The big publishers often had no answer and Gorey resorted to releasing many of his works through his own Fantod Press. Credit for spreading the word is often given to Manhattan’s influential Gotham Book Mart, which become a virtual repository for all things Gorey. In 1959 he also received his first serious critical appreciation in an essay Edmund Wilson wrote for The New Yorker. “He has been working perversely to please himself and has created a whole personal world,” Wilson wrote of the virtually unknown artist, “amusing and somber, nostalgic and claustrophobic, at same time poetic and poisoned.”

Like children’s author Shel Silverstein, Gorey did write some works aimed exclusively at adults, including The Recently Deflowered Girl: The Right Thing to Say on Every Dubious Occasion (authored ostensibly by Ms. Hyacinthe Phypps, whose “simple rules of propriety and common sense have helped a generation of girls over the threshold to womanhood”) and The Curious Sofa: A Pornographic Work, in which all the naughty stuff happens off the page and is only coyly alluded to with lines like “Still later Gerald did terrible things to Elsie with a saucepan.”

An avowed eccentric who lived alone with six cats in his Cape Cod home, Gorey never married, had no known long-term romantic relationships and was publicly indifferent about matters related to his own sexuality. “I’m neither one thing nor the other particularly,” he said. “I am fortunate in that I am reasonably undersexed or something.” Despite his lack of companionship, he was hardly a recluse — he ate breakfast at the same restaurant every morning, was a mainstay at the local movie theatre, and for 35 years attended every performances of the New York City Ballet.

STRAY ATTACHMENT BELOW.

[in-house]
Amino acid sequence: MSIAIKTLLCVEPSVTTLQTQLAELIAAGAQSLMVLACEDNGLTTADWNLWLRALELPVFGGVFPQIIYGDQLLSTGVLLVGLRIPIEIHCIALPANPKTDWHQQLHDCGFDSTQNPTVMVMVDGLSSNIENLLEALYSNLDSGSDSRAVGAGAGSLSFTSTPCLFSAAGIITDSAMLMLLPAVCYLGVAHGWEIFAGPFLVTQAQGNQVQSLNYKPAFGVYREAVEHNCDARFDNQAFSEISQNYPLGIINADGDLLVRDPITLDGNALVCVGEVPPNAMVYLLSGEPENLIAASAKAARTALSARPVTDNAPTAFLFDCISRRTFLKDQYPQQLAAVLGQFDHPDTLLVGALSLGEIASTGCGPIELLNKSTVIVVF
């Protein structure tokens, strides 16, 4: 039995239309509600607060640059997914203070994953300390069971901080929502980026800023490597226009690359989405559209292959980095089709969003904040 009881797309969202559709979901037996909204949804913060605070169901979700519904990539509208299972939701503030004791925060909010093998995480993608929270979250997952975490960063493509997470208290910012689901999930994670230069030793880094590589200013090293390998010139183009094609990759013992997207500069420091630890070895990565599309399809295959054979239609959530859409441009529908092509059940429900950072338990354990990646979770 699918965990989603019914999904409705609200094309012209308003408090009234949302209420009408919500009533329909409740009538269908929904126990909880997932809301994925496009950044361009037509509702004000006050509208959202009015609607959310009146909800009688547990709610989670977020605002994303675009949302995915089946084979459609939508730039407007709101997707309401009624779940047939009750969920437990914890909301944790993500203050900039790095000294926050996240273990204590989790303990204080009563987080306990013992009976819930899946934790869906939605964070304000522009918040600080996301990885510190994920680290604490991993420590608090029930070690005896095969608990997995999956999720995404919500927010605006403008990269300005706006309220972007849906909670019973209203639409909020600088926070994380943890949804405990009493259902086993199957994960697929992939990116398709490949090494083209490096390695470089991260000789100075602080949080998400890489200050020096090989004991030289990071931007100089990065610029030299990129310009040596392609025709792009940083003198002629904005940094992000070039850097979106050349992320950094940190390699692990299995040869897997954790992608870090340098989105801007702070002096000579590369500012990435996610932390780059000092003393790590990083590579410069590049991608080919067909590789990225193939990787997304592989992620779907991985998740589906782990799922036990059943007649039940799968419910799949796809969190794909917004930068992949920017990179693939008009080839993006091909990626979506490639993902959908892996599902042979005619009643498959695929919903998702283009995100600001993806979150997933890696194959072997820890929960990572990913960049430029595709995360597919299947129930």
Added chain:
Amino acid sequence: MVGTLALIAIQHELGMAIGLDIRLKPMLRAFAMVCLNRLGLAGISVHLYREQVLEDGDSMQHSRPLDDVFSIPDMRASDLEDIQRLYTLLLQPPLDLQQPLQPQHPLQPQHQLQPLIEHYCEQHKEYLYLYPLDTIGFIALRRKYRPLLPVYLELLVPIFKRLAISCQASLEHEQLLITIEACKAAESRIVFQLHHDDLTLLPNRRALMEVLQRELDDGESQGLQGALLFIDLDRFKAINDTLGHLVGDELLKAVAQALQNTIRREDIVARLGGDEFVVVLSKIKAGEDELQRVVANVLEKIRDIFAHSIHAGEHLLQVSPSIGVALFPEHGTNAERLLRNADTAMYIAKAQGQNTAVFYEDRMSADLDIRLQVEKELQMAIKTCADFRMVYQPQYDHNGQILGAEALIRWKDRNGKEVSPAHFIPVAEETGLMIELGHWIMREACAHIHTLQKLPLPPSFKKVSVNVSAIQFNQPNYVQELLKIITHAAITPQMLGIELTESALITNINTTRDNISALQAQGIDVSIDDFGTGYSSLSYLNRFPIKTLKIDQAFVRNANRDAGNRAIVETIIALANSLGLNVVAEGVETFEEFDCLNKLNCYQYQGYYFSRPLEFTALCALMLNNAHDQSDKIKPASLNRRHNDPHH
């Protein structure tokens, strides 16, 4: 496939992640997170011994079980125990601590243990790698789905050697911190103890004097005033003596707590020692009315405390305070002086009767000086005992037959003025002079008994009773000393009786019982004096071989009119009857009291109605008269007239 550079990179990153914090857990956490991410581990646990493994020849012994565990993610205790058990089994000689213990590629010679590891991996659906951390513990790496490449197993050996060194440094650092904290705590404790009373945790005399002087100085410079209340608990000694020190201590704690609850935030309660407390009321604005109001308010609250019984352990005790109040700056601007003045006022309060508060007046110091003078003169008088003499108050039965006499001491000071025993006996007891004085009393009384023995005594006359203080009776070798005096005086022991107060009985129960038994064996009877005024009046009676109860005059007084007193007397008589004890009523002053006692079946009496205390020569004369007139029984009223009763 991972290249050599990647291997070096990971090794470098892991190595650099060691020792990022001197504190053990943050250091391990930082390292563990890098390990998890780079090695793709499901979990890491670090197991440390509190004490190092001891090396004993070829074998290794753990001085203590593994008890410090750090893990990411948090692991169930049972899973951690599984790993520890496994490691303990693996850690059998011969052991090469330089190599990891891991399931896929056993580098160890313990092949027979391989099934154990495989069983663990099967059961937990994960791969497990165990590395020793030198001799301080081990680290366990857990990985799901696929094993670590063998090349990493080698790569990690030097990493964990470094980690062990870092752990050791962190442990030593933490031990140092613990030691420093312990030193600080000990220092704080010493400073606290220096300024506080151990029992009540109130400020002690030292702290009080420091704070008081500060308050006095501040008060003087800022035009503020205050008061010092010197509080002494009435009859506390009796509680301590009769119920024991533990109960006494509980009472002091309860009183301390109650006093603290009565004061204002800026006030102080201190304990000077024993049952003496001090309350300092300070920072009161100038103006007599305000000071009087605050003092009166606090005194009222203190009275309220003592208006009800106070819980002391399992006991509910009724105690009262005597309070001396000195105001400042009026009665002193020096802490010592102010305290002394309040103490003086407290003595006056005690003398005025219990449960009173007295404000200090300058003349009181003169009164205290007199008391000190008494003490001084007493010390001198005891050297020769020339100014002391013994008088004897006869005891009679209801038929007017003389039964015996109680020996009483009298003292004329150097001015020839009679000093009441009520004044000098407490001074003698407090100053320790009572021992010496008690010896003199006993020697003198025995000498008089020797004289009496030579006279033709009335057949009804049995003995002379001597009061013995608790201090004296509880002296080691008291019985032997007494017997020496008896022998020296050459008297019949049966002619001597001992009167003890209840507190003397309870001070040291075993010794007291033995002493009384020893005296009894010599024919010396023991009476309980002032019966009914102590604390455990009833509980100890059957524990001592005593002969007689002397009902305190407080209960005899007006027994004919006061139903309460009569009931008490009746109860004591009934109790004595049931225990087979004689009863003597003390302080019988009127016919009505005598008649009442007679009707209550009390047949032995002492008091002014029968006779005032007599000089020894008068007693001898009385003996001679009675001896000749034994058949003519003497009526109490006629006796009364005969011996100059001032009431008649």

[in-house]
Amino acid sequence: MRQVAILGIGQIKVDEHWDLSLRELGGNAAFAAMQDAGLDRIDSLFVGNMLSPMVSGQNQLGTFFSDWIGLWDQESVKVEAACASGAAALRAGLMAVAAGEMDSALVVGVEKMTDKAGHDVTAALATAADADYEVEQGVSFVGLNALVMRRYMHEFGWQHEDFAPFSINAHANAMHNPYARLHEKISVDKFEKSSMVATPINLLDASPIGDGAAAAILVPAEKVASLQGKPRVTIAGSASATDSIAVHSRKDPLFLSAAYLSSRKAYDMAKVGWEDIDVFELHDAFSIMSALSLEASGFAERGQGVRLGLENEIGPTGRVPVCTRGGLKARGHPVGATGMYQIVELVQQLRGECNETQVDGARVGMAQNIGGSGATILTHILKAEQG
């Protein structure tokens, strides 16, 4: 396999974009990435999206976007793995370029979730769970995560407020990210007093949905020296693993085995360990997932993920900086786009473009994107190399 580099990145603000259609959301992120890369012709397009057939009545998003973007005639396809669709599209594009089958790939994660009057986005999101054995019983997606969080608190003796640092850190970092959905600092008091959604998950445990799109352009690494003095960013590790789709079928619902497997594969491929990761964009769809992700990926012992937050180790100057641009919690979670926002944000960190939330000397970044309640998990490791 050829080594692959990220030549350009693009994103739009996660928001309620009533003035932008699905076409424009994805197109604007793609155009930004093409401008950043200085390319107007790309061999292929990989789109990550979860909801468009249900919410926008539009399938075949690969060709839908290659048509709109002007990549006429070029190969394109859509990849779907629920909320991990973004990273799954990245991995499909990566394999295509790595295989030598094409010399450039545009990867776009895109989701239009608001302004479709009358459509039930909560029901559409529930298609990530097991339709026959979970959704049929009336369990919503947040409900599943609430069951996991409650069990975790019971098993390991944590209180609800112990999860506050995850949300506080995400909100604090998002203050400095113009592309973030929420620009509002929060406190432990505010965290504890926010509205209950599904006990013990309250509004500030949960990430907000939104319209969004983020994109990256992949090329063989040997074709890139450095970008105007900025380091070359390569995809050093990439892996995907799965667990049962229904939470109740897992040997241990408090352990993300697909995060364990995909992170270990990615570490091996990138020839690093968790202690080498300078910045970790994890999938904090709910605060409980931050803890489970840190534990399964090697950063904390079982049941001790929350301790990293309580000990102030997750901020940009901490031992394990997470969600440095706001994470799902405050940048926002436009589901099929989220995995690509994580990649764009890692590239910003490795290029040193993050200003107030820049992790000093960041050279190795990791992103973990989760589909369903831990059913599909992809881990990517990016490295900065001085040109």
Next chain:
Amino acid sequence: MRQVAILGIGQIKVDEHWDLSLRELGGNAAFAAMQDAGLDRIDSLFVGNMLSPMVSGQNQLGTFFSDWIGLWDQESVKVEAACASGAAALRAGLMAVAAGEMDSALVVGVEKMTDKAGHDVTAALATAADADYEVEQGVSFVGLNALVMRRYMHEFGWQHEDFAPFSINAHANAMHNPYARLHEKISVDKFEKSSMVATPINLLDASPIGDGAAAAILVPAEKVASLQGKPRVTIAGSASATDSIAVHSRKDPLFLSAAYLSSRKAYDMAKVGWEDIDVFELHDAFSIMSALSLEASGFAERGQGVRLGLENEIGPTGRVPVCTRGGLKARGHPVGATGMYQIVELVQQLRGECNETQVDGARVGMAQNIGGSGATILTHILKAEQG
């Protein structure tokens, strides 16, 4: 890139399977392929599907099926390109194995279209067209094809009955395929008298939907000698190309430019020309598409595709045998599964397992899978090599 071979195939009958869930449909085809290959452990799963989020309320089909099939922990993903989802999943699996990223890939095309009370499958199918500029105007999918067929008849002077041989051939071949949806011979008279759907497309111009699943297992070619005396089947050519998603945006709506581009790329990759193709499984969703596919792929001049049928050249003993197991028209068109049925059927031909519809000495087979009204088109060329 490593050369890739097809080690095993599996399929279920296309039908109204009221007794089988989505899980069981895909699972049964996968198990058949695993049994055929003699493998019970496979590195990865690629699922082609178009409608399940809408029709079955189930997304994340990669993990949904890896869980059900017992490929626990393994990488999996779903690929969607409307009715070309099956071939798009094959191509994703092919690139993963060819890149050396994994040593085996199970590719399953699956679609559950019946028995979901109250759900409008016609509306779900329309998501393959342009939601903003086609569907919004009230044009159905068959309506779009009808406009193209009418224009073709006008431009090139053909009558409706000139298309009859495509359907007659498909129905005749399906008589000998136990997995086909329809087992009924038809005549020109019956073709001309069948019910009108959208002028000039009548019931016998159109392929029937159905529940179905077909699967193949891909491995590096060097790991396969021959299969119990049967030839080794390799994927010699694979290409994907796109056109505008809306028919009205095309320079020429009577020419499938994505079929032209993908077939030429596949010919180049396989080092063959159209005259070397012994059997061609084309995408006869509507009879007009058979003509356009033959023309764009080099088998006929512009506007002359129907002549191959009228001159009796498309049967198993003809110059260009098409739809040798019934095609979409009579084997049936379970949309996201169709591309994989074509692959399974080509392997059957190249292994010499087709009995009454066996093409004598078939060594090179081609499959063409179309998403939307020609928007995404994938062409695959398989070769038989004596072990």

His profile was raised with his Broadway work on Dracula (a book he’d first read at age 5) but many people still got their first introduction to Gorey for animated intro to the PBS popular series Mystery! in 1980.

In the later years of his career, anthologies republishing his Fantod Press works began to sell and he found another avenue of income from merchandizing his characters on calendars, posters and apparel. His work has been embraced in particular by the Goth subculture, where partygoers at annual costume balls dress as Miss Skrimpshaw, the young Drusilla, Millicent Frastley or Luke Touchpaper.

Shortly before died of a heart attack in 2000, Gorey reflected upon his legacy. “My name turns up in a review of a book or something where they say it’s very ‘Edward Goreyish’ or something like that. That happens often enough, so I feel I’ve made a tiny mark somewhere.”

Ten years after his death, his work continues to inspire a range of artists, from Lemony Snickett creator Daniel Handler (whose first book purchased with his own money was Gorey’s The Blue Aspic), to the Tiger Lillies, who were nominated for a Grammy for their 2003 album The Gorey End. Filmmaker Tim Burton owes much of his aesthetic to Gorey’s vision, and in 2007 the Jim Henson Company announced its hopes to make a feature film based on Gorey’s work. With America’s unending fascination with all things vampire, there are also plans to revive the 1977 Dracula production using Gorey’s award-winning costume and set designs.

“My mission in life,” Gorey once said, “is to make everyone as uneasy as possible.” His life may be over, but he’ll continue accomplishing his mission for as long as readers dare to enter his delightfully sinister world.